The purpose of this communication is to draw the attention of the otolaryngologic community to the recent findings relative to the electrical control of bone growth and their application to research in otology. The appropriate findings will be discussed in a general way with a brief explanation as to how they are being applied to the field of otology at present.
Original investigative interest in the field of biophysical control of tissue growth was directed toward reparative and regenerative processes. At first it was thought that the central nervous system was completely responsible for certain growth signals in the form of electrical phenomena at the site of injury or repair. It soon became apparent, however, that the current of injury was a relatively constant direct current as opposed to the intermittent pattern characteristic of neural electric potential. It was then established that following an initial appearance of a direct current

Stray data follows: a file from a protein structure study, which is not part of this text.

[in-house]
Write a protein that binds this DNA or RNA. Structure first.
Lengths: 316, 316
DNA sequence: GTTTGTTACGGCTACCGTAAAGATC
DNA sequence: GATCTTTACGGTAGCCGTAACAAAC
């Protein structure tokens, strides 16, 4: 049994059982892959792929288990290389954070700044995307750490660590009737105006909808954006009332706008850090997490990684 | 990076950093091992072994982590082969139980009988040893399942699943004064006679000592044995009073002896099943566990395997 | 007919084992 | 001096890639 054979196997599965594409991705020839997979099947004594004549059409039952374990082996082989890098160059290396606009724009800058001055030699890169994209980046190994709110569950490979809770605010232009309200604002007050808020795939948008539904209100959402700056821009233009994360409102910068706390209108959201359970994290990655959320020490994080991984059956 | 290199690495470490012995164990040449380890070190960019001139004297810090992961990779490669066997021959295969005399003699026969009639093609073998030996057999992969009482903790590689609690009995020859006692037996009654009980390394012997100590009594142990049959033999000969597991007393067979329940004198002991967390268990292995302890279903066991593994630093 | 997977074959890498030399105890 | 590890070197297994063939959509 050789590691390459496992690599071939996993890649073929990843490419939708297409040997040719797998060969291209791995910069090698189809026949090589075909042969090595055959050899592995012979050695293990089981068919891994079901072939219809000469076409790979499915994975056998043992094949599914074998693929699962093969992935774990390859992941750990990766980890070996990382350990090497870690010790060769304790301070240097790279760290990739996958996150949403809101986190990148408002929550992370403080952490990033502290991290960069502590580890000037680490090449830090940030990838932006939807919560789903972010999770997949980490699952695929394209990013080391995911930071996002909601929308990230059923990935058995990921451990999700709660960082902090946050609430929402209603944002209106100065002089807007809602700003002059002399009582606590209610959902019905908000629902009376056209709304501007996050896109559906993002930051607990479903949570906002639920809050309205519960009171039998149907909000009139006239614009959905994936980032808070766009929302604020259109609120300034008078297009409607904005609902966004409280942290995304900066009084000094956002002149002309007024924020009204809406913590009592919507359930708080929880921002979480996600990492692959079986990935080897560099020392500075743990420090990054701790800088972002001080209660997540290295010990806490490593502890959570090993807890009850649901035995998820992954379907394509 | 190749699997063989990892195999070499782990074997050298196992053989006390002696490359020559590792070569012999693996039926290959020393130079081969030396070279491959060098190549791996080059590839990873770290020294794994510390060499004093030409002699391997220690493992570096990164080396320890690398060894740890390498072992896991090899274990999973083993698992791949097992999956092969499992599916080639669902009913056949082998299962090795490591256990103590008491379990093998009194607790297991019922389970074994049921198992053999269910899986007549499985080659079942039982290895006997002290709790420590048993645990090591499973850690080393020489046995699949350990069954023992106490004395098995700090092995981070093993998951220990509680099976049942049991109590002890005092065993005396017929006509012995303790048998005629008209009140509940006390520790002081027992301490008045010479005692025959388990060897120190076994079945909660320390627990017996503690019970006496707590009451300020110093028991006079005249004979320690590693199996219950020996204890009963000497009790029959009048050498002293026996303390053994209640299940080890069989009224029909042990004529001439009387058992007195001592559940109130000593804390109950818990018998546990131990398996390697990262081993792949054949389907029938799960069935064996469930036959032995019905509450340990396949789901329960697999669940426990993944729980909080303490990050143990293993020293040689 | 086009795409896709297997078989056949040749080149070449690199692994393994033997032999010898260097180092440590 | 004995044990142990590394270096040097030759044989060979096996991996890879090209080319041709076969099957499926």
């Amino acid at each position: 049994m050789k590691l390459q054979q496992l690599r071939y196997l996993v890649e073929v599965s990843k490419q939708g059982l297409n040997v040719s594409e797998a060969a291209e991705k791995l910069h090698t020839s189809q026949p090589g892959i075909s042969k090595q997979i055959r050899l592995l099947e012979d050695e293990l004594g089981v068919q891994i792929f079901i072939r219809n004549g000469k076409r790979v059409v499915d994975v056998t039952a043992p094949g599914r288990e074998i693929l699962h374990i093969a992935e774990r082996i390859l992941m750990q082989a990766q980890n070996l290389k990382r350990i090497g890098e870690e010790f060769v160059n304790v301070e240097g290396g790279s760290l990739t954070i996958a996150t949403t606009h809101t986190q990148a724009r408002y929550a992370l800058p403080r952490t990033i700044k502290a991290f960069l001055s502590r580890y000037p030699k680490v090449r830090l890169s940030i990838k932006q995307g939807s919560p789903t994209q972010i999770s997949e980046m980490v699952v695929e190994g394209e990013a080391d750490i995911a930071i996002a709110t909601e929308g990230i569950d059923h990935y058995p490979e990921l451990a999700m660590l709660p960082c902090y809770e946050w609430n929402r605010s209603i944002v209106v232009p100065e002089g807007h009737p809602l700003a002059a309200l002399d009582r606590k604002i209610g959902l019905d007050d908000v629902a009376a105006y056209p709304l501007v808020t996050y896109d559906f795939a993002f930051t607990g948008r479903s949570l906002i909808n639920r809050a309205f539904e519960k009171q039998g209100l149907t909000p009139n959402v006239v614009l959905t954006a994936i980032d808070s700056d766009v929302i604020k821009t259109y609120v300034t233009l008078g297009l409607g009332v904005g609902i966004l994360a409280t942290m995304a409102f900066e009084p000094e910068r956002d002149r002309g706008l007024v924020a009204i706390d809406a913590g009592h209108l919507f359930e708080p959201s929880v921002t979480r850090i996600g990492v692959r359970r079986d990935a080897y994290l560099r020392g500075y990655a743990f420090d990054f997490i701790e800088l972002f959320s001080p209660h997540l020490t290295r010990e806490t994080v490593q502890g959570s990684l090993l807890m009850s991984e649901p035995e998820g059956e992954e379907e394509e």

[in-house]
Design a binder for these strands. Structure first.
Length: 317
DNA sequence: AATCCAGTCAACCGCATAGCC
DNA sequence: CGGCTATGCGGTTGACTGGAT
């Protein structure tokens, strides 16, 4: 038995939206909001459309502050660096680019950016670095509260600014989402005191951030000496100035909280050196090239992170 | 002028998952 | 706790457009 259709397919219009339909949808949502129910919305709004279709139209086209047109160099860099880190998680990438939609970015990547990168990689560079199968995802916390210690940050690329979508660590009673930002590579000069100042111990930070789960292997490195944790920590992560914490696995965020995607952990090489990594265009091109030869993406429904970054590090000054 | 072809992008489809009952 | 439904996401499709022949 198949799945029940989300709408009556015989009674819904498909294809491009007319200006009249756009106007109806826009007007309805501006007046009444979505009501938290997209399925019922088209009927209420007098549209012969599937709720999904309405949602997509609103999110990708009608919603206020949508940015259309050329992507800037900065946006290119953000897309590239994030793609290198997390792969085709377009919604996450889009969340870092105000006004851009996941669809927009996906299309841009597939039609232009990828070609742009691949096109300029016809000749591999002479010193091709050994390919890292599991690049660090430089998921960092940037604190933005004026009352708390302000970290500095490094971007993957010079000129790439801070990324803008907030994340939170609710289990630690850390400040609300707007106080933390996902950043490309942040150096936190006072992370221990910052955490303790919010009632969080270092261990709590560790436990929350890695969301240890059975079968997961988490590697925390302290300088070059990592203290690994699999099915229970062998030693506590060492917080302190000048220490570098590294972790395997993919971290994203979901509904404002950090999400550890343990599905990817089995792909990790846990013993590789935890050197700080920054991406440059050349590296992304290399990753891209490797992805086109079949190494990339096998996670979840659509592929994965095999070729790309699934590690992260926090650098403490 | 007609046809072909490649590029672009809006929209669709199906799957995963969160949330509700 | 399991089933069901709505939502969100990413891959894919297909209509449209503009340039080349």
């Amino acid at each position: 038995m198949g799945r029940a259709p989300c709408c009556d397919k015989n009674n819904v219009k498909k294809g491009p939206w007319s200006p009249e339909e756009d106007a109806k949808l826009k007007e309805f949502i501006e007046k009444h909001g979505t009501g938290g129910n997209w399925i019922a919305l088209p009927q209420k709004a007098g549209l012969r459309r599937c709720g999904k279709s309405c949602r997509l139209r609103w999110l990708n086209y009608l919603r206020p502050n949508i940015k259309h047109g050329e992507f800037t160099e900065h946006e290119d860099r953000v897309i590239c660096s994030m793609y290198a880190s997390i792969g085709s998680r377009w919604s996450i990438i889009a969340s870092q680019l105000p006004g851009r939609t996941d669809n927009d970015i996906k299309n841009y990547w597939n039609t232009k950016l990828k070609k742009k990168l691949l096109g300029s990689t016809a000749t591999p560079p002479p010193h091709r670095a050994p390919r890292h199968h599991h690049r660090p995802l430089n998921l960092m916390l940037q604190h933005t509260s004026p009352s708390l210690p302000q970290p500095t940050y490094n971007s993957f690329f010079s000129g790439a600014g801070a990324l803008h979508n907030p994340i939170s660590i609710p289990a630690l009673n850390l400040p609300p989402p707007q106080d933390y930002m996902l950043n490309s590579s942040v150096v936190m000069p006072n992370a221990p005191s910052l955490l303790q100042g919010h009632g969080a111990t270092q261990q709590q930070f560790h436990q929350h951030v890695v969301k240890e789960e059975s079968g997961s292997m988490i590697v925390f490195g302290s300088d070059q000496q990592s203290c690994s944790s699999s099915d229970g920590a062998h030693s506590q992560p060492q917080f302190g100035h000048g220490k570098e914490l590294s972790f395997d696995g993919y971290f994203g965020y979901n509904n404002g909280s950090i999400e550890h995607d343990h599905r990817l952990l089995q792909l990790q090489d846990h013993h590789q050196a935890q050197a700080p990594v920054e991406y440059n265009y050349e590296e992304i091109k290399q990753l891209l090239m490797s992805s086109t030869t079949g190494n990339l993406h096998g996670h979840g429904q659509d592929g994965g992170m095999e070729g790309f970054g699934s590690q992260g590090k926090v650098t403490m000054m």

Yarington CT, Jaquiss GW. Electrical Control of Bone Growth in Ossicles: A Preliminary Report. Arch Otolaryngol. 1969;89(6):856–860. doi:10.1001/archotol.1969.00770020858011
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